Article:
The Movie: Derivation and Uneven Tone
Disney's Black Cauldron (I'll continue to call it that, to distinguish it from Alexander's Black Cauldron) is the story of a young man named Taran (Grant Bardsley) who longs to be a heroic warrior. He lives with an older man named Dallben. His very unheroic job is to take care of a small, white pig named Hen Wen, a cute animated critter. Early on Taran discovers, much to his surprise, that Hen Wen has "oracular" powers. One of her visions, glimpsed in a swirling bowl of colored water, shows the location of a dangerous weapon called the Black Cauldron.
The Black Cauldron, as it turns out, has the power to reanimate dead corpses. Clearly this is not the kind of weapon you want falling into the wrong hands. And the wrongest hands of all are the hands of the Horned King (voiced spookily by legendary actor John Hurt) who wants to raise an army of dead warriors. When Dallben and Taran realize that the Horned King has discovered Hen Wen's powers, they realize he will of course try to come after her so he too can learn the location of the Cauldron. It's up to Taran to take the pig into the woods and hide.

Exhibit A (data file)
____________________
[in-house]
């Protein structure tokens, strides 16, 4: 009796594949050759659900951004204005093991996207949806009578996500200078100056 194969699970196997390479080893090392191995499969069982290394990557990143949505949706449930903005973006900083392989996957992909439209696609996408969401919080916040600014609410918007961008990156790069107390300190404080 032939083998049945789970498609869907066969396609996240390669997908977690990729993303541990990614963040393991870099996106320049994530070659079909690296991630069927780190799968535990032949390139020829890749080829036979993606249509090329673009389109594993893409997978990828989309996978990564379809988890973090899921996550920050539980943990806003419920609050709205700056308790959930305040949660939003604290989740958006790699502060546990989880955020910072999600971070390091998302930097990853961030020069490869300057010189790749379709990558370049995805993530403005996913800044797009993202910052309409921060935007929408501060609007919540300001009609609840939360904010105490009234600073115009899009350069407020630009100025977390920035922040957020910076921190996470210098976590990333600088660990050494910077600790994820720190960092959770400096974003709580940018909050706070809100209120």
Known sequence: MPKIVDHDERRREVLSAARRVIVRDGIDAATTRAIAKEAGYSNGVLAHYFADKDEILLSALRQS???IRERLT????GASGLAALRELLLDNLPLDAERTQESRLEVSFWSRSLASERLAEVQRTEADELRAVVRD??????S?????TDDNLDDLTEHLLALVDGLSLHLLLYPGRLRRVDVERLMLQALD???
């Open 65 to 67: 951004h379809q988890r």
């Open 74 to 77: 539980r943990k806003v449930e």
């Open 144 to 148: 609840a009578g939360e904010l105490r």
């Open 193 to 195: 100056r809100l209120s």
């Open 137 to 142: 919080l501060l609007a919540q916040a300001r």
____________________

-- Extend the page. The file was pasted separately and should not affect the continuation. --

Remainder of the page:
He does this quite unsuccessfully, mostly because he's busy daydreaming about glory. When Hen Wen is kidnapped, it's up to Taran to get her back, which becomes the main drive of the story. Along the way he meets up with some unlikely friends: a small furry creature named Gurgi (John Byner) who is constantly hungry and frequently afraid; a goofy but sweetly paternal bard named Fflewddur Fllam (Nigel Hawthorne); and a golden-haired princess named Eilonwy (Susan Sheridan). Together they end up doing all kinds of things, from storming castles (after Taran conveniently finds a magic sword) to bargaining with slapstick sorceresses to gain the cauldron and try to keep it out of the Horned King's clutches.